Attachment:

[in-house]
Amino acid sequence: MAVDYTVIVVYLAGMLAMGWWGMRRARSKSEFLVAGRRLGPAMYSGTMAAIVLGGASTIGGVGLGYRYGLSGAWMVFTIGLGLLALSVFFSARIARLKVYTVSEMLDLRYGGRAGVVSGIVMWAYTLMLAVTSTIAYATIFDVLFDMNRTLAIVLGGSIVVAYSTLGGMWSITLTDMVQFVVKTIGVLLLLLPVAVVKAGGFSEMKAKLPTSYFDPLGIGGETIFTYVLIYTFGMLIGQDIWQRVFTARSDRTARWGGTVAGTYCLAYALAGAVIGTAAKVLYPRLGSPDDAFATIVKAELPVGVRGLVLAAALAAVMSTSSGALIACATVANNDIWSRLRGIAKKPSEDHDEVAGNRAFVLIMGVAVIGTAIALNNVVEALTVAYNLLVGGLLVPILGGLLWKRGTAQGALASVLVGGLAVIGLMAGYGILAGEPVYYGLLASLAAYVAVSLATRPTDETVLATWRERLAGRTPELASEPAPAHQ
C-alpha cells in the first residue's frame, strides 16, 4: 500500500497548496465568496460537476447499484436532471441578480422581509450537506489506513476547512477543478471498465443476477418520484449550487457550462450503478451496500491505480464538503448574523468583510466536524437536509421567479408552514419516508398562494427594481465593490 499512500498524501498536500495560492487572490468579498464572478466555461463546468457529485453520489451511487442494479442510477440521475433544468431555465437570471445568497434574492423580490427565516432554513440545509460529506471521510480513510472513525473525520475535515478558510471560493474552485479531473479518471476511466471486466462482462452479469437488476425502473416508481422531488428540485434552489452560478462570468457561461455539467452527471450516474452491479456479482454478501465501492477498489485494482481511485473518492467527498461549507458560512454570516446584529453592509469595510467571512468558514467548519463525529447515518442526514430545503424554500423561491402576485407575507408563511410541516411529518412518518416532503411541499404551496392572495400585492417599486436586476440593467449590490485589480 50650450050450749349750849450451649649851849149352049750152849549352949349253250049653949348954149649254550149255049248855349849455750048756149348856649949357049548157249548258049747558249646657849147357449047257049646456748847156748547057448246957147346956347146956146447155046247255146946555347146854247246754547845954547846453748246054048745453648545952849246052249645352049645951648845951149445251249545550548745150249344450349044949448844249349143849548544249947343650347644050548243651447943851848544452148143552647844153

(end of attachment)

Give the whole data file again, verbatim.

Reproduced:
[in-house]
Amino acid sequence: MAVDYTVIVVYLAGMLAMGWWGMRRARSKSEFLVAGRRLGPAMYSGTMAAIVLGGASTIGGVGLGYRYGLSGAWMVFTIGLGLLALSVFFSARIARLKVYTVSEMLDLRYGGRAGVVSGIVMWAYTLMLAVTSTIAYATIFDVLFDMNRTLAIVLGGSIVVAYSTLGGMWSITLTDMVQFVVKTIGVLLLLLPVAVVKAGGFSEMKAKLPTSYFDPLGIGGETIFTYVLIYTFGMLIGQDIWQRVFTARSDRTARWGGTVAGTYCLAYALAGAVIGTAAKVLYPRLGSPDDAFATIVKAELPVGVRGLVLAAALAAVMSTSSGALIACATVANNDIWSRLRGIAKKPSEDHDEVAGNRAFVLIMGVAVIGTAIALNNVVEALTVAYNLLVGGLLVPILGGLLWKRGTAQGALASVLVGGLAVIGLMAGYGILAGEPVYYGLLASLAAYVAVSLATRPTDETVLATWRERLAGRTPELASEPAPAHQ
C-alpha cells in the first residue's frame, strides 16, 4: 500500500497548496465568496460537476447499484436532471441578480422581509450537506489506513476547512477543478471498465443476477418520484449550487457550462450503478451496500491505480464538503448574523468583510466536524437536509421567479408552514419516508398562494427594481465593490 499512500498524501498536500495560492487572490468579498464572478466555461463546468457529485453520489451511487442494479442510477440521475433544468431555465437570471445568497434574492423580490427565516432554513440545509460529506471521510480513510472513525473525520475535515478558510471560493474552485479531473479518471476511466471486466462482462452479469437488476425502473416508481422531488428540485434552489452560478462570468457561461455539467452527471450516474452491479456479482454478501465501492477498489485494482481511485473518492467527498461549507458560512454570516446584529453592509469595510467571512468558514467548519463525529447515518442526514430545503424554500423561491402576485407575507408563511410541516411529518412518518416532503411541499404551496392572495400585492417599486436586476440593467449590490485589480 50650450050450749349750849450451649649851849149352049750152849549352949349253250049653949348954149649254550149255049248855349849455750048756149348856649949357049548157249548258049747558249646657849147357449047257049646456748847156748547057448246957147346956347146956146447155046247255146946555347146854247246754547845954547846453748246054048745453648545952849246052249645352049645951648845951149445251249545550548745150249344450349044949448844249349143849548544249947343650347644050548243651447943851848544452148143552647844153